An orchestra tunes up as a piano tinkles around, and on the right side of the screen a man falls through a long tunnel, starting to rot and molder midway through until he’s dust

About then we get the title


Evolution to man – we see a little squishy thing lose tentacles, gain limbs, ambulate, and talk

Above his head, swirling chaos

Then the people come, and walk by each other with overlapping dialogue

Some is clear – “Give me your money” “We know what’s good for you” to start

But there’s too much to follow

A few things happen in the crowd, eventually a small fight

While the storm roils overhead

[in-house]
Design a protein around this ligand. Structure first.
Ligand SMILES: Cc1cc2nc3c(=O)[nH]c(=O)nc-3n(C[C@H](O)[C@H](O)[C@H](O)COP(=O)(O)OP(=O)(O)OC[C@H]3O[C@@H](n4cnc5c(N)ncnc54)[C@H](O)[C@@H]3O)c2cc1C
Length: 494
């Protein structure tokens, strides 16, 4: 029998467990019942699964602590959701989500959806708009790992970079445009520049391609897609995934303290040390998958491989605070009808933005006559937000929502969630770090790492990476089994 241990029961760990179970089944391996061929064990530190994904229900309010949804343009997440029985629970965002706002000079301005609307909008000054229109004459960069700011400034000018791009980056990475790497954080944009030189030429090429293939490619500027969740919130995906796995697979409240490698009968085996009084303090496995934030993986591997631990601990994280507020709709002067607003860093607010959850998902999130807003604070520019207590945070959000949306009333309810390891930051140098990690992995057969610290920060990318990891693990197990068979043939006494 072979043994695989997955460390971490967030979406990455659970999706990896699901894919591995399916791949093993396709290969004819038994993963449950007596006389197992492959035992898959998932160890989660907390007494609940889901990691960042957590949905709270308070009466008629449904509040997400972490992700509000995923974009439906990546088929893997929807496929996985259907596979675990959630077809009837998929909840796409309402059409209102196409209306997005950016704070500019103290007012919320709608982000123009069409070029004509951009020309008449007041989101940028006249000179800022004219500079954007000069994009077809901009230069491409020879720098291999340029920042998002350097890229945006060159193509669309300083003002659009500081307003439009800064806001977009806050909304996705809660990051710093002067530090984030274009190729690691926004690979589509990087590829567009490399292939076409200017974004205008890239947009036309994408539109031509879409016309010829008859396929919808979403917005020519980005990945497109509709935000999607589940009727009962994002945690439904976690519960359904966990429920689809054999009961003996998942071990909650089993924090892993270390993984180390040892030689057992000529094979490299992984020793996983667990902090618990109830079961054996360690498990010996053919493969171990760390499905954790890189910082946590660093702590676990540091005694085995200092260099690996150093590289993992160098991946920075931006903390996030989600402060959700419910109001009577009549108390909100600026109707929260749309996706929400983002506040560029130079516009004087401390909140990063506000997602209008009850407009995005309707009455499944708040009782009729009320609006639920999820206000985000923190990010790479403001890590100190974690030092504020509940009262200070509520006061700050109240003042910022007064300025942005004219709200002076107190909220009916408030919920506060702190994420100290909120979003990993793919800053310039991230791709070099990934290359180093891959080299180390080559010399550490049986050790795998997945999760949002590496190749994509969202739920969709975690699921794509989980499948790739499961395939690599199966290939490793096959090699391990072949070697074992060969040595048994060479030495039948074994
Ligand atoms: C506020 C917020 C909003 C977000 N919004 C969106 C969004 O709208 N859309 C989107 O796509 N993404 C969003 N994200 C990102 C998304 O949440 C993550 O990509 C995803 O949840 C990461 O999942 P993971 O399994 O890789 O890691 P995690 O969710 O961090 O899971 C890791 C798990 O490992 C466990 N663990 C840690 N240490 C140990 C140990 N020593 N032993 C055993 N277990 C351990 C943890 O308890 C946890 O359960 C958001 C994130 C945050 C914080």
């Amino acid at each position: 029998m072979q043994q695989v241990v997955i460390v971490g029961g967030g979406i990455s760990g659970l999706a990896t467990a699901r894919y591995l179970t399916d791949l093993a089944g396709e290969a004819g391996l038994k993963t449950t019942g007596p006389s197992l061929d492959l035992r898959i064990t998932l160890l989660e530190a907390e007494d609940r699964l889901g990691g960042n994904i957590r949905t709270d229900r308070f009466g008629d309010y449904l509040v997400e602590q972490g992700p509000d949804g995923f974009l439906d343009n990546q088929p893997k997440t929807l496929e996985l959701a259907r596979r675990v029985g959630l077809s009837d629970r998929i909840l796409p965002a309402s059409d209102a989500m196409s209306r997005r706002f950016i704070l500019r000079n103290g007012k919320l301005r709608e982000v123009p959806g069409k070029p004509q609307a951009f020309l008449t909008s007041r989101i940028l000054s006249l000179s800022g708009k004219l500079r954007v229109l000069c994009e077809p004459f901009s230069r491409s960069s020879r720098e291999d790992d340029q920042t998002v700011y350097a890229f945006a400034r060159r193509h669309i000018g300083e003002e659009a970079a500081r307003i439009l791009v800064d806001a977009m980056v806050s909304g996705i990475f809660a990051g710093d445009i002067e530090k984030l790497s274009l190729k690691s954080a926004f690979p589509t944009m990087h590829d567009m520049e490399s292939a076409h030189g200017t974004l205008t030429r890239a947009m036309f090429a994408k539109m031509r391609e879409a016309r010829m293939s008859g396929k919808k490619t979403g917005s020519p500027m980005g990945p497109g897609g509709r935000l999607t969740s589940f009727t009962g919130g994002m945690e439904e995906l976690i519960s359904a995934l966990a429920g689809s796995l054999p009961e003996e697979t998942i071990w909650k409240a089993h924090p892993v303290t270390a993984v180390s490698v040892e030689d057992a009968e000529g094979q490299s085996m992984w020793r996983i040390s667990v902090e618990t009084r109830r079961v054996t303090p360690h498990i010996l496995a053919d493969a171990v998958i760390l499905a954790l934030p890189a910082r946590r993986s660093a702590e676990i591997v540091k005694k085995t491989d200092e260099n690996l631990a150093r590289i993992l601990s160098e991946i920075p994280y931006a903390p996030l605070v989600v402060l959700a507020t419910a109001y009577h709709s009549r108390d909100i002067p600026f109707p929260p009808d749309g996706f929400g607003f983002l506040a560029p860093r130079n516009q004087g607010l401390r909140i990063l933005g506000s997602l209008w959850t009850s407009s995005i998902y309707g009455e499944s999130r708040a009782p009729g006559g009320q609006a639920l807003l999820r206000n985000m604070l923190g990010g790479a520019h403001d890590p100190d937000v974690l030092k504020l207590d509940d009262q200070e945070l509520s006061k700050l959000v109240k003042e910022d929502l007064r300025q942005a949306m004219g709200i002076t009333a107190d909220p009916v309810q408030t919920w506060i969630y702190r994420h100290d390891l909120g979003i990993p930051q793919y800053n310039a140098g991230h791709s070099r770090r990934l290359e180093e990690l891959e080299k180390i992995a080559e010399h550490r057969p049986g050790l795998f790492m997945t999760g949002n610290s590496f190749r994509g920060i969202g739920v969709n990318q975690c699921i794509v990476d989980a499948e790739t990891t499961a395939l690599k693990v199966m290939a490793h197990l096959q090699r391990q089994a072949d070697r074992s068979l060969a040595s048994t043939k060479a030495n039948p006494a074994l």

Then there’s a lot of shaking, and noise, and most people are dead

This happens three times

Then we move up, through the storm, and out of earth

Into the solar system

Then out to the stars, whipping around out there

Eventually back to earth and through the storm


A lot of alien forms. Further forms of evolution? The color of the storm above them changes, and it may be other planets. I don’t know

Eventually we get to flying dudes, then to a new evolution

Dozens of forms


Two fish looking guys, ocean sounds

One of them asks in fish language about the meaning of life (these words are clear)

Elder berates him, occasionally saying the meaning of life derisively

Fish guy keeps watching as the ocean grows dark


Then there’s more stars

I come away from a fresh viewing with…the feeling I do not want to delve much deeper. There’re plenty of questions, but I feel like the movie wants to engage more with the impressions it creates than specifics… Or is that intellectual laziness on my part? I like the little fish dude at the end.

I will now watch a documentary on the film.